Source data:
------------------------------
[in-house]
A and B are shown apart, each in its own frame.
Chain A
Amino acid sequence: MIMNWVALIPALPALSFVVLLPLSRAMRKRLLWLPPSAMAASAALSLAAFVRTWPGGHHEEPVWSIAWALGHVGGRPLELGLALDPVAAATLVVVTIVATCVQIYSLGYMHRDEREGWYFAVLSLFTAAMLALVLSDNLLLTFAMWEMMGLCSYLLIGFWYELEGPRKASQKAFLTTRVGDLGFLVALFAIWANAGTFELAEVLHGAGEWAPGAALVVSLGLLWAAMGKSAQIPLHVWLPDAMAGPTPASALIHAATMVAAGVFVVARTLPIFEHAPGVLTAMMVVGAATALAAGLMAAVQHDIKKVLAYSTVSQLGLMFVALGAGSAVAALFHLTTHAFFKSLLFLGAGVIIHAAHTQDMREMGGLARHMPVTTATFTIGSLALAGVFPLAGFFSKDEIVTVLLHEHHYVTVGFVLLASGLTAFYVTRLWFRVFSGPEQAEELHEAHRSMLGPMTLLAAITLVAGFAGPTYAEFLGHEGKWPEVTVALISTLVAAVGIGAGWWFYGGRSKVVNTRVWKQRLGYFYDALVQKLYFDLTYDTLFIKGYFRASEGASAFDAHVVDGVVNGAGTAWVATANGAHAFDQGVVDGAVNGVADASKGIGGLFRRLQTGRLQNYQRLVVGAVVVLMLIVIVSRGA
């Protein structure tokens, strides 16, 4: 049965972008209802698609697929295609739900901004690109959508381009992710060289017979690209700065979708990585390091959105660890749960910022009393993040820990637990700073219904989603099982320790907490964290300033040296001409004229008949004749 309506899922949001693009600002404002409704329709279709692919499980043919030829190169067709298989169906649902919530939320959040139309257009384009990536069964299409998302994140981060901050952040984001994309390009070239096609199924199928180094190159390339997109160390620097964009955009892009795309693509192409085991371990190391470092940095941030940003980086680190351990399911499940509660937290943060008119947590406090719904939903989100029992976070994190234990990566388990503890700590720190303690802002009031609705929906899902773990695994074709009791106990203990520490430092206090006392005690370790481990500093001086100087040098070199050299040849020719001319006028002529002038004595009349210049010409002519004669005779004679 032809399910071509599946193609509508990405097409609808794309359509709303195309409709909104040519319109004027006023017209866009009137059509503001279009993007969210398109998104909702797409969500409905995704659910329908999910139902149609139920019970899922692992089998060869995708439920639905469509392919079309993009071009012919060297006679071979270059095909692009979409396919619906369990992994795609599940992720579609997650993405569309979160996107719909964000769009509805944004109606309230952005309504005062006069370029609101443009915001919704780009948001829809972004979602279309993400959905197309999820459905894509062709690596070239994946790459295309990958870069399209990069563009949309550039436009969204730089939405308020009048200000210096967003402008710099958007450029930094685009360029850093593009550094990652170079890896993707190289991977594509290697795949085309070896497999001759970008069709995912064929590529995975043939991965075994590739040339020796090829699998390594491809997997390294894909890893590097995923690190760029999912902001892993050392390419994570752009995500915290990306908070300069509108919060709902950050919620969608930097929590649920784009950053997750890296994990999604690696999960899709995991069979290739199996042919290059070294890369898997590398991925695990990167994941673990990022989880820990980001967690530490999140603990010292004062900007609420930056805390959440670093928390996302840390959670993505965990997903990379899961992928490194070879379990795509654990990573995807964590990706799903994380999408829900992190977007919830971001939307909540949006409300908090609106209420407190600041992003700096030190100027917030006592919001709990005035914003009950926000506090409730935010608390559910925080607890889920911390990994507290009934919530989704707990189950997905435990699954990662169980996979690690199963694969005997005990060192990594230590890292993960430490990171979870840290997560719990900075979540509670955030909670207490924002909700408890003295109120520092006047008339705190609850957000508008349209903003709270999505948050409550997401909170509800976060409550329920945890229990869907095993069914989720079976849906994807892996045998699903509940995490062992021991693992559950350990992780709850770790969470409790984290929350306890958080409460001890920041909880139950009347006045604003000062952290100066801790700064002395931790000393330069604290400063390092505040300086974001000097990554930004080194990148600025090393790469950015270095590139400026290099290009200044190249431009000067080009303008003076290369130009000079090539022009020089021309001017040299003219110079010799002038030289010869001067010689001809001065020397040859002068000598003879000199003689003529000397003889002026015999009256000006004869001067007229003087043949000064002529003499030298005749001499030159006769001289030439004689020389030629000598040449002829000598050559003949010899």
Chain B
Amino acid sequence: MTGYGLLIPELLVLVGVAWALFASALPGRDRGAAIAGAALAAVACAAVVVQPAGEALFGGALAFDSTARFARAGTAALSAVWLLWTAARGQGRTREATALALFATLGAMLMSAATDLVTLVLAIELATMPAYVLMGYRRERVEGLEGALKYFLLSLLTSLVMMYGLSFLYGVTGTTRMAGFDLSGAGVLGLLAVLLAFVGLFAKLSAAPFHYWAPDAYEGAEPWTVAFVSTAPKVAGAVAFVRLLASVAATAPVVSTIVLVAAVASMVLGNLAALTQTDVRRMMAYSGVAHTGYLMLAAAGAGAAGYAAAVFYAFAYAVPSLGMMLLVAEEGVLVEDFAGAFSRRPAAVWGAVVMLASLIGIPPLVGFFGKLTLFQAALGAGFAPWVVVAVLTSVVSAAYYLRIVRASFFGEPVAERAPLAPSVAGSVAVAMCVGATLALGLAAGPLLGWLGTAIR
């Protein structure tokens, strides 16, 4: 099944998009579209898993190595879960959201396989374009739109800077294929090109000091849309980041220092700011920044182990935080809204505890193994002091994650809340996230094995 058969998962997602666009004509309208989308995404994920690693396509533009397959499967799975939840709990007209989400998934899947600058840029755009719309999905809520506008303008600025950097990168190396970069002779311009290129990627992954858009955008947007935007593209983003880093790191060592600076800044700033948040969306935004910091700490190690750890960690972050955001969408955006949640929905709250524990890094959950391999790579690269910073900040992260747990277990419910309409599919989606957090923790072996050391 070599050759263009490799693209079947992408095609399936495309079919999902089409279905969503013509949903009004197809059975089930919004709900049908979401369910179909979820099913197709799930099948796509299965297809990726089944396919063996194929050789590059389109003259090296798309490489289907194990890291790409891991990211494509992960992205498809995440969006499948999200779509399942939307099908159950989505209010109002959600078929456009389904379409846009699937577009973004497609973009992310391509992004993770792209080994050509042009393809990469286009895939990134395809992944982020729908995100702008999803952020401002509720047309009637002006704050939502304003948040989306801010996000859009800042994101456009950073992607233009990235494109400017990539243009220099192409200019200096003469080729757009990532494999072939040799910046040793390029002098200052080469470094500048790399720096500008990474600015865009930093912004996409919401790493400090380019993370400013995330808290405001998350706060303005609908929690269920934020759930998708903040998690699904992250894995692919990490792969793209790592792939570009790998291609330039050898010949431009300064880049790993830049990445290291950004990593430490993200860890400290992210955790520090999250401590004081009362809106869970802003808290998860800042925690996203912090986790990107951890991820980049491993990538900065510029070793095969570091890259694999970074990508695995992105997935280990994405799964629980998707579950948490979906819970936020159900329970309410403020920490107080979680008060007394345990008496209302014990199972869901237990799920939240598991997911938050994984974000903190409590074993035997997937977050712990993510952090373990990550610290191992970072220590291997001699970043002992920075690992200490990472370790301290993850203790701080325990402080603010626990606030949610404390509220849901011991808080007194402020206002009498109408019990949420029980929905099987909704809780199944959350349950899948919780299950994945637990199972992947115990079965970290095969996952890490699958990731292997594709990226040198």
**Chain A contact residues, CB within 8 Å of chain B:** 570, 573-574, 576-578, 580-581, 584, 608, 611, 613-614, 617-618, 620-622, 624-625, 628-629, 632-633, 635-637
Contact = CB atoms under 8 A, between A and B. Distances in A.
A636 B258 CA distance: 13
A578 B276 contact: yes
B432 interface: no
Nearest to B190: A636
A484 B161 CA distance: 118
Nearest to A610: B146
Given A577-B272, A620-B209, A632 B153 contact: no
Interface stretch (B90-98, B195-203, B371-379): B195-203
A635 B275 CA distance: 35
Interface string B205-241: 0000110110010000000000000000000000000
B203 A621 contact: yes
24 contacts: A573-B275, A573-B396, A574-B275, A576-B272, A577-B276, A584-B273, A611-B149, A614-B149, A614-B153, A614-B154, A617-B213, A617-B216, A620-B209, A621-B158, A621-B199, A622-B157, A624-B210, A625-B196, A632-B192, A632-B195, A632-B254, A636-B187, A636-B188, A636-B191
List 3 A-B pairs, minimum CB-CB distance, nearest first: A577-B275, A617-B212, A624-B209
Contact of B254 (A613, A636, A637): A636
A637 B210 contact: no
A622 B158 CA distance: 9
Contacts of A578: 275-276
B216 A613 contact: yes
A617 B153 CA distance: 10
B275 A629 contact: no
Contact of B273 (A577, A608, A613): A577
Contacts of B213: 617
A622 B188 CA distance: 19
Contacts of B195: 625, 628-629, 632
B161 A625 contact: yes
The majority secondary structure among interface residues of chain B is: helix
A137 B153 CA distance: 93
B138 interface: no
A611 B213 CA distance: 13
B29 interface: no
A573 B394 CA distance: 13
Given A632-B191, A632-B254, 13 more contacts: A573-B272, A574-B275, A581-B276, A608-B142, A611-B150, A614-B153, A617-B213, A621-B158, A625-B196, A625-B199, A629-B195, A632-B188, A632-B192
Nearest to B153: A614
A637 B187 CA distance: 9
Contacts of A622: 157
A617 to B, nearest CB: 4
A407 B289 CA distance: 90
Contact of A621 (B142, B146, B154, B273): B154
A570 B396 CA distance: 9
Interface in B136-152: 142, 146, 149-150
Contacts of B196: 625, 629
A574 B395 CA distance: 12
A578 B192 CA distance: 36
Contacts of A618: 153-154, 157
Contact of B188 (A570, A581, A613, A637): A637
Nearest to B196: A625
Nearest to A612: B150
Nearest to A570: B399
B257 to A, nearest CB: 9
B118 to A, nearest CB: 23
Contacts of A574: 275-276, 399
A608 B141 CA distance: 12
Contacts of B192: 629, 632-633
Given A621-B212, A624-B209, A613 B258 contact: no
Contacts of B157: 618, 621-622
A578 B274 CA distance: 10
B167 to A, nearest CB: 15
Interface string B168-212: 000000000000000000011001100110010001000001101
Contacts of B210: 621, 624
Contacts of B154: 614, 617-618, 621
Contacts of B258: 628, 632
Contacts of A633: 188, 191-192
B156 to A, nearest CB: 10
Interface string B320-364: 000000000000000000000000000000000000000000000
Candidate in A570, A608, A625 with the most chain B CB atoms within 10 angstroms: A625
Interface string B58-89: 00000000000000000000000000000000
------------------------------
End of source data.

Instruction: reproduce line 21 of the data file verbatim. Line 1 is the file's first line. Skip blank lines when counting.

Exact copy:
B203 A621 contact: yes